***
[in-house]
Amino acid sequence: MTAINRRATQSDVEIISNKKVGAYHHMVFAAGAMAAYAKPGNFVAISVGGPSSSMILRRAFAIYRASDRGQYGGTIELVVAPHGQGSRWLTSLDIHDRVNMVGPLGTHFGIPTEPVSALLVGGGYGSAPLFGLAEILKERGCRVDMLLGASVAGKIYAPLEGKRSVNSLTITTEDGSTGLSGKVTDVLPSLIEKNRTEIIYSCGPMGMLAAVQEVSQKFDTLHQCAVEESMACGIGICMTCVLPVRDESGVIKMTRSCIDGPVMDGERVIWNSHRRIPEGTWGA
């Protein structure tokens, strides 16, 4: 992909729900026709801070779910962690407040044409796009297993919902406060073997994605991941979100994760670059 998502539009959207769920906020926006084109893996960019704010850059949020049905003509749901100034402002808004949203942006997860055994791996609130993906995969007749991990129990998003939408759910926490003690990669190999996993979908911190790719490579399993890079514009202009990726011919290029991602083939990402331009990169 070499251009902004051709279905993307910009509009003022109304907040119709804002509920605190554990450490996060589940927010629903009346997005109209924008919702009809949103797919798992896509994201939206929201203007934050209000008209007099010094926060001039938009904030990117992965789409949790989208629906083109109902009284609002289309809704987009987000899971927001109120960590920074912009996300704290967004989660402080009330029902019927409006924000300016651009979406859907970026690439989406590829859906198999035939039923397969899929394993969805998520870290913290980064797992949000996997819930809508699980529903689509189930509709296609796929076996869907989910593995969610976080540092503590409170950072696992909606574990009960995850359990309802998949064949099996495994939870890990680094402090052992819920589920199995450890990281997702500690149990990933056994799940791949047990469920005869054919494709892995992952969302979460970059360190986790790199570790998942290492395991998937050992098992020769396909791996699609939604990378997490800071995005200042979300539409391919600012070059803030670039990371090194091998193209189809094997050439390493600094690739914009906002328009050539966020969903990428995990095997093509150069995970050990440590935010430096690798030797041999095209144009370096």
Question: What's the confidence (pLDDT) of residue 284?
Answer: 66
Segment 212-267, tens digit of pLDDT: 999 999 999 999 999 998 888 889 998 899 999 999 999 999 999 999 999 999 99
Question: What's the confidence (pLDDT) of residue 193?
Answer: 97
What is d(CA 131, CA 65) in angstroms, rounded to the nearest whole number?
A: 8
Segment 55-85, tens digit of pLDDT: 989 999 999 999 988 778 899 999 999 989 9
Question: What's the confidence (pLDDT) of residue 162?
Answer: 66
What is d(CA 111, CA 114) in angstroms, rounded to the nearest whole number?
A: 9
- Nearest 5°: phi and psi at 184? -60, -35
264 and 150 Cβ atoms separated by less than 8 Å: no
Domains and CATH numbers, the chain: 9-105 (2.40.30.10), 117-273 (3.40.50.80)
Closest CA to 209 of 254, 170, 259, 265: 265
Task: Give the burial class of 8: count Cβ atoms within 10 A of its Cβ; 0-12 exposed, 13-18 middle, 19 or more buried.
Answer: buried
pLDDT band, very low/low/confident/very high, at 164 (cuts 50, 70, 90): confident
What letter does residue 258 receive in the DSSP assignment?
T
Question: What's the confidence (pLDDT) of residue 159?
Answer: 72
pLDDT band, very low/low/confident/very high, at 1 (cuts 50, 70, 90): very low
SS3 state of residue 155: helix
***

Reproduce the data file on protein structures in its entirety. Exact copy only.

[in-house]
Amino acid sequence: MTAINRRATQSDVEIISNKKVGAYHHMVFAAGAMAAYAKPGNFVAISVGGPSSSMILRRAFAIYRASDRGQYGGTIELVVAPHGQGSRWLTSLDIHDRVNMVGPLGTHFGIPTEPVSALLVGGGYGSAPLFGLAEILKERGCRVDMLLGASVAGKIYAPLEGKRSVNSLTITTEDGSTGLSGKVTDVLPSLIEKNRTEIIYSCGPMGMLAAVQEVSQKFDTLHQCAVEESMACGIGICMTCVLPVRDESGVIKMTRSCIDGPVMDGERVIWNSHRRIPEGTWGA
């Protein structure tokens, strides 16, 4: 992909729900026709801070779910962690407040044409796009297993919902406060073997994605991941979100994760670059 998502539009959207769920906020926006084109893996960019704010850059949020049905003509749901100034402002808004949203942006997860055994791996609130993906995969007749991990129990998003939408759910926490003690990669190999996993979908911190790719490579399993890079514009202009990726011919290029991602083939990402331009990169 070499251009902004051709279905993307910009509009003022109304907040119709804002509920605190554990450490996060589940927010629903009346997005109209924008919702009809949103797919798992896509994201939206929201203007934050209000008209007099010094926060001039938009904030990117992965789409949790989208629906083109109902009284609002289309809704987009987000899971927001109120960590920074912009996300704290967004989660402080009330029902019927409006924000300016651009979406859907970026690439989406590829859906198999035939039923397969899929394993969805998520870290913290980064797992949000996997819930809508699980529903689509189930509709296609796929076996869907989910593995969610976080540092503590409170950072696992909606574990009960995850359990309802998949064949099996495994939870890990680094402090052992819920589920199995450890990281997702500690149990990933056994799940791949047990469920005869054919494709892995992952969302979460970059360190986790790199570790998942290492395991998937050992098992020769396909791996699609939604990378997490800071995005200042979300539409391919600012070059803030670039990371090194091998193209189809094997050439390493600094690739914009906002328009050539966020969903990428995990095997093509150069995970050990440590935010430096690798030797041999095209144009370096």
Question: What's the confidence (pLDDT) of residue 284?
Answer: 66
Segment 212-267, tens digit of pLDDT: 999 999 999 999 999 998 888 889 998 899 999 999 999 999 999 999 999 999 99
Question: What's the confidence (pLDDT) of residue 193?
Answer: 97
What is d(CA 131, CA 65) in angstroms, rounded to the nearest whole number?
A: 8
Segment 55-85, tens digit of pLDDT: 989 999 999 999 988 778 899 999 999 989 9
Question: What's the confidence (pLDDT) of residue 162?
Answer: 66
What is d(CA 111, CA 114) in angstroms, rounded to the nearest whole number?
A: 9
- Nearest 5°: phi and psi at 184? -60, -35
264 and 150 Cβ atoms separated by less than 8 Å: no
Domains and CATH numbers, the chain: 9-105 (2.40.30.10), 117-273 (3.40.50.80)
Closest CA to 209 of 254, 170, 259, 265: 265
Task: Give the burial class of 8: count Cβ atoms within 10 A of its Cβ; 0-12 exposed, 13-18 middle, 19 or more buried.
Answer: buried
pLDDT band, very low/low/confident/very high, at 164 (cuts 50, 70, 90): confident
What letter does residue 258 receive in the DSSP assignment?
T
Question: What's the confidence (pLDDT) of residue 159?
Answer: 72
pLDDT band, very low/low/confident/very high, at 1 (cuts 50, 70, 90): very low
SS3 state of residue 155: helix